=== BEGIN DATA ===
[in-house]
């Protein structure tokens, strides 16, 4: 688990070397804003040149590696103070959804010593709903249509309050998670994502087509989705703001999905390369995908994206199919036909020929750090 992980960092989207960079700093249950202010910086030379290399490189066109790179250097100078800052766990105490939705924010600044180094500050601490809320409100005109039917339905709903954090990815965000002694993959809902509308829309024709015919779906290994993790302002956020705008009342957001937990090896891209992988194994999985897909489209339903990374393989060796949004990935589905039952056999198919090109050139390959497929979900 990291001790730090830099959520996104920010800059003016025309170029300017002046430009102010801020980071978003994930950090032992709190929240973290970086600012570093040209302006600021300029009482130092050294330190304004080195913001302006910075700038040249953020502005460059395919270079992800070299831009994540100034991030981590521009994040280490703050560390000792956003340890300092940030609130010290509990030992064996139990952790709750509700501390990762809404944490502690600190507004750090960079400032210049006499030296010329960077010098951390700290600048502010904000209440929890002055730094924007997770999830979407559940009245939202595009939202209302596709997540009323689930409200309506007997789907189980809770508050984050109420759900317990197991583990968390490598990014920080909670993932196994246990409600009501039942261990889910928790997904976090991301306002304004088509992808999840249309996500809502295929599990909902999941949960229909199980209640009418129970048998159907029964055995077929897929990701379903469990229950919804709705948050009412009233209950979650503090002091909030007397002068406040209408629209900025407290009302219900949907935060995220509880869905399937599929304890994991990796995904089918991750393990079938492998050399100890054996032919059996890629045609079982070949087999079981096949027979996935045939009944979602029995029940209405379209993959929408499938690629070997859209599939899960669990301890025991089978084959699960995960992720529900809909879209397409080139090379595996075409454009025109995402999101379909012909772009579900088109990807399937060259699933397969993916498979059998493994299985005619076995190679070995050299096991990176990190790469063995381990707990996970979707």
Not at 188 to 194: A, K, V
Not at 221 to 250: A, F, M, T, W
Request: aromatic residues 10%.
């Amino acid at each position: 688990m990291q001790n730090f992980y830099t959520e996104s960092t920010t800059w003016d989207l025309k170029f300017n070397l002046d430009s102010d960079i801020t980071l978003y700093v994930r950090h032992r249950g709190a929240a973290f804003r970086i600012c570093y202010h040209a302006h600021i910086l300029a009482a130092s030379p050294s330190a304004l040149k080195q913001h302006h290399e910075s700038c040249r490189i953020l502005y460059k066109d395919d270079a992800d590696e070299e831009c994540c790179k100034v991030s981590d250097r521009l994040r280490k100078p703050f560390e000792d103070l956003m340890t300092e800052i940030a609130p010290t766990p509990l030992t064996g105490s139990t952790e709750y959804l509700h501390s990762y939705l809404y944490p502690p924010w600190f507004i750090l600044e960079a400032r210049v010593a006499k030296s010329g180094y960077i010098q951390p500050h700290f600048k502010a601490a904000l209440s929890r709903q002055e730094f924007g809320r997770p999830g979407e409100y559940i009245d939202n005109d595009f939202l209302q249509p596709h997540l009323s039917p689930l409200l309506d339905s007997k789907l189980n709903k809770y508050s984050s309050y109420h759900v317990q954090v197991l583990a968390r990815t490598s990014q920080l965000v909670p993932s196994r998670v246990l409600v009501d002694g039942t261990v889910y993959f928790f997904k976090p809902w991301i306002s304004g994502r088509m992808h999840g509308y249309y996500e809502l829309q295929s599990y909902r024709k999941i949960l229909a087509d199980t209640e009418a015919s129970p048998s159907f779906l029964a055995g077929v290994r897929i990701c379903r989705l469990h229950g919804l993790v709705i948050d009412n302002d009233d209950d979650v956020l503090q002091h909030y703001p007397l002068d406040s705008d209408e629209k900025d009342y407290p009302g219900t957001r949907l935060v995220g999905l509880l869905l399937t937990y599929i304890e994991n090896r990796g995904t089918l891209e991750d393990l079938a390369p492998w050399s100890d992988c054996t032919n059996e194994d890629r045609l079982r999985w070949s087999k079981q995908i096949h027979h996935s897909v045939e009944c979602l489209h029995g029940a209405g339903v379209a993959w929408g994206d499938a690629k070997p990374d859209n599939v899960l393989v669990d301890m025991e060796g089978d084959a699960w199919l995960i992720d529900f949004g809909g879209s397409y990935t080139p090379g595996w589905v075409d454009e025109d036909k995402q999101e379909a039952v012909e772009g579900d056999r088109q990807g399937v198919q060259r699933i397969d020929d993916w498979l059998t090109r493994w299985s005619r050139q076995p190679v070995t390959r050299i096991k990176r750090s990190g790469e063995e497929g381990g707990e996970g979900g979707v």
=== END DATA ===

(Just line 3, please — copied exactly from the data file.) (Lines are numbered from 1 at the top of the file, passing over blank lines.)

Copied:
Not at 188 to 194: A, K, V